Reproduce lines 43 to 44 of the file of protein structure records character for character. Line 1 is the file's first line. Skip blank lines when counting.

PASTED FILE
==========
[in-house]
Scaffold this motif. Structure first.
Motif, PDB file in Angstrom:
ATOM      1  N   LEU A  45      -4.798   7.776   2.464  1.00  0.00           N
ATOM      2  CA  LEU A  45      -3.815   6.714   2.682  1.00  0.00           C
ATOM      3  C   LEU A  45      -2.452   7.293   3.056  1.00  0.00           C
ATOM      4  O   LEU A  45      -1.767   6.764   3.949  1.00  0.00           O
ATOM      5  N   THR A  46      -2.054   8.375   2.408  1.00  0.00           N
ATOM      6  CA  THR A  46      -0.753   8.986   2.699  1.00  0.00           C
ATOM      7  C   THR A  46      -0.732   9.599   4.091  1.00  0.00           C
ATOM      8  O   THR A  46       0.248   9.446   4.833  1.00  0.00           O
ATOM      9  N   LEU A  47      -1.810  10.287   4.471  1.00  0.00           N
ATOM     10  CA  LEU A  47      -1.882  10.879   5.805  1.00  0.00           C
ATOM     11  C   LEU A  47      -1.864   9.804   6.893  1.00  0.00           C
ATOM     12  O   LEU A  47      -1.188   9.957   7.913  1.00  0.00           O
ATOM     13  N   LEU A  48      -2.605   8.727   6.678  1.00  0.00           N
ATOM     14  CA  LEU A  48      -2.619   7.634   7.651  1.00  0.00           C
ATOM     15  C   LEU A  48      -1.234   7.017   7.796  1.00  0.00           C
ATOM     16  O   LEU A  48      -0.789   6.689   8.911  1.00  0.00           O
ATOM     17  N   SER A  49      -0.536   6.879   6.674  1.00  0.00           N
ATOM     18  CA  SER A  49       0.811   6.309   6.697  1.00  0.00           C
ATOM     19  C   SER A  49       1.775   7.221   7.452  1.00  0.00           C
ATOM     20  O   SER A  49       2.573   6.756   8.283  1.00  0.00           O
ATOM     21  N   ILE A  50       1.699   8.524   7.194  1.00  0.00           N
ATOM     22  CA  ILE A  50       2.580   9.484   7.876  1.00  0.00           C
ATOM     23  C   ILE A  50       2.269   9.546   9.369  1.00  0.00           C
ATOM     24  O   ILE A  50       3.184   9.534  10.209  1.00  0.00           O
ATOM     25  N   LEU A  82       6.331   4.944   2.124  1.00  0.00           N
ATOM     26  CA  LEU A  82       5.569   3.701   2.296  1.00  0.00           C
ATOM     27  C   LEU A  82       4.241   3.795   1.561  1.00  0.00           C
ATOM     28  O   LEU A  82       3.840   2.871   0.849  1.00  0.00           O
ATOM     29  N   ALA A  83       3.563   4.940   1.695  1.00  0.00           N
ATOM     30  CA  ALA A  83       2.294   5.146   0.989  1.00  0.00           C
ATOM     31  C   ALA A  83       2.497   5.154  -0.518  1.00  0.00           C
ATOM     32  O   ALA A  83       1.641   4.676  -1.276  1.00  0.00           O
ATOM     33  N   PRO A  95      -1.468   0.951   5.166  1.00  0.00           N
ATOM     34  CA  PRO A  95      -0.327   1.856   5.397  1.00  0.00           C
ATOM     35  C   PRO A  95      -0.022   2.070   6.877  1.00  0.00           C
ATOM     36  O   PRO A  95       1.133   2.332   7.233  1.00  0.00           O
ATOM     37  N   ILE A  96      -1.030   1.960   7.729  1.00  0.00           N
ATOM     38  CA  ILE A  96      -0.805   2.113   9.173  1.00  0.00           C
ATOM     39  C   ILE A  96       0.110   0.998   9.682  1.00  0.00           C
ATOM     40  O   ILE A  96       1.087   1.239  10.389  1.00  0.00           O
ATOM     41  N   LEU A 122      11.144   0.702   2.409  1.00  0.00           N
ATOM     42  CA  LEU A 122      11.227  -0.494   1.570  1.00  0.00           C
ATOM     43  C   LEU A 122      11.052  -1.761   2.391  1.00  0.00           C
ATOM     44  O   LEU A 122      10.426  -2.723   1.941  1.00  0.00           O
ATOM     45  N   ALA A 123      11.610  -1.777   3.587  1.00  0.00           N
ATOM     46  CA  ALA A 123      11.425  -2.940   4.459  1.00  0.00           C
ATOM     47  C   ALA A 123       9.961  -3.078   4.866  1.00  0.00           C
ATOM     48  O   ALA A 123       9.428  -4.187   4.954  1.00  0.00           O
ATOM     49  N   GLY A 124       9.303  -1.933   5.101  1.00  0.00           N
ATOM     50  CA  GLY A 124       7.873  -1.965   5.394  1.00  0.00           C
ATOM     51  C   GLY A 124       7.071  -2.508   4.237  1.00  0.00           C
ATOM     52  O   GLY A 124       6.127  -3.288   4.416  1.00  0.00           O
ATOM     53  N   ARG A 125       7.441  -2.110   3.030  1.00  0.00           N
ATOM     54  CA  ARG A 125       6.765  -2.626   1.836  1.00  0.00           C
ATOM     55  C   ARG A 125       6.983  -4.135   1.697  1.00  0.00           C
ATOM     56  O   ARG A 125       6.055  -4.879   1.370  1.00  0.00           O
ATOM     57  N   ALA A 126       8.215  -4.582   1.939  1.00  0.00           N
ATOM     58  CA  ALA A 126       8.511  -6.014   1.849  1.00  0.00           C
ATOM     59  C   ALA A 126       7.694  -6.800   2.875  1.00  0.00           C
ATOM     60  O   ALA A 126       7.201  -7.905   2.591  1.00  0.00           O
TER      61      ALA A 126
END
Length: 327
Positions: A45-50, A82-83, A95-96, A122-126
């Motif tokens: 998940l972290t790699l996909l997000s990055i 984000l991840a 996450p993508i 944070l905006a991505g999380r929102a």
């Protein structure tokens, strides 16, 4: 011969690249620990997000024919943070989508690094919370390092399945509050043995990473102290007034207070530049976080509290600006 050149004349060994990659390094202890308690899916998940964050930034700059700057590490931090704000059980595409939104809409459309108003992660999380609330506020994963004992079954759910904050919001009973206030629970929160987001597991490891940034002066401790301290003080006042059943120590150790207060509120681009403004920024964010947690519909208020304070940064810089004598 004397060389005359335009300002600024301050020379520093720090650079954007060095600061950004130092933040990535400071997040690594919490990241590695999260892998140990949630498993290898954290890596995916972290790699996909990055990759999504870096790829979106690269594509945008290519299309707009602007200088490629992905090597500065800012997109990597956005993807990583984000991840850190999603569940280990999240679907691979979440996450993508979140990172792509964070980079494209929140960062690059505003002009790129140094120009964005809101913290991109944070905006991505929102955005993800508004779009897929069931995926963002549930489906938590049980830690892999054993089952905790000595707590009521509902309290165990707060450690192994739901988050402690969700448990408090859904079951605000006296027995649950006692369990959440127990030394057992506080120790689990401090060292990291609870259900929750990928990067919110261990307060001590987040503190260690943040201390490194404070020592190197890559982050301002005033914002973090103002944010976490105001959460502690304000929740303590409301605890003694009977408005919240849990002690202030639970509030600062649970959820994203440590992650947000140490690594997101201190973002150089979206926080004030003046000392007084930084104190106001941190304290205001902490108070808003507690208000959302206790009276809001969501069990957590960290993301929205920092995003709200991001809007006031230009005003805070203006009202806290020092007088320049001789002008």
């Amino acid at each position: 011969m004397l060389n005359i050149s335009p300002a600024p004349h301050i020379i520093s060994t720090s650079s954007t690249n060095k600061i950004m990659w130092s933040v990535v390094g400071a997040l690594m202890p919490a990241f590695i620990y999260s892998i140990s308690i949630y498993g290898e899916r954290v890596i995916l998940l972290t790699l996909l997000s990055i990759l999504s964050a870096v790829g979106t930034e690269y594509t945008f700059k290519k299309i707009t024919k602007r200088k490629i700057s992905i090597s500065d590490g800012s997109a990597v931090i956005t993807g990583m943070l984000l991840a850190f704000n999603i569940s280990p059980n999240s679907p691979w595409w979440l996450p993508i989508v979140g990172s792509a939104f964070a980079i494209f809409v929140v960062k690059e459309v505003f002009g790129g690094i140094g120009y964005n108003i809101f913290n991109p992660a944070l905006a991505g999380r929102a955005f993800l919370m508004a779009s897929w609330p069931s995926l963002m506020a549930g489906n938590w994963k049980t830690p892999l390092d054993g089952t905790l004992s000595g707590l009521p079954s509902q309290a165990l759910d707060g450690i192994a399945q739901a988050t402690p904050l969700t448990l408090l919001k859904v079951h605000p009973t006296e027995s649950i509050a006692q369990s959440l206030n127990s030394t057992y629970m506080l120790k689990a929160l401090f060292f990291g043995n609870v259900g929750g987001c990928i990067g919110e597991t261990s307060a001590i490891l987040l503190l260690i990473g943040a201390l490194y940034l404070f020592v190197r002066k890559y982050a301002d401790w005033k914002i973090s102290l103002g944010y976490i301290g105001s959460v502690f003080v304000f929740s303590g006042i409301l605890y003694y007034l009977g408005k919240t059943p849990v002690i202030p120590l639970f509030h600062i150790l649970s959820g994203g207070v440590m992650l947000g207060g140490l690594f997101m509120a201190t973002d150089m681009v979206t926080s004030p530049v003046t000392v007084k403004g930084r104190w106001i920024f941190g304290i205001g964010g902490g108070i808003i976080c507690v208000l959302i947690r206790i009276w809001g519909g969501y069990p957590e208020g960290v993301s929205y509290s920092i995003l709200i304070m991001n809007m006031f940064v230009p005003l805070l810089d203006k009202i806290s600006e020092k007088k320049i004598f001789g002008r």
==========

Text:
ATOM     40  O   ILE A  96       1.087   1.239  10.389  1.00  0.00           O
ATOM     41  N   LEU A 122      11.144   0.702   2.409  1.00  0.00           N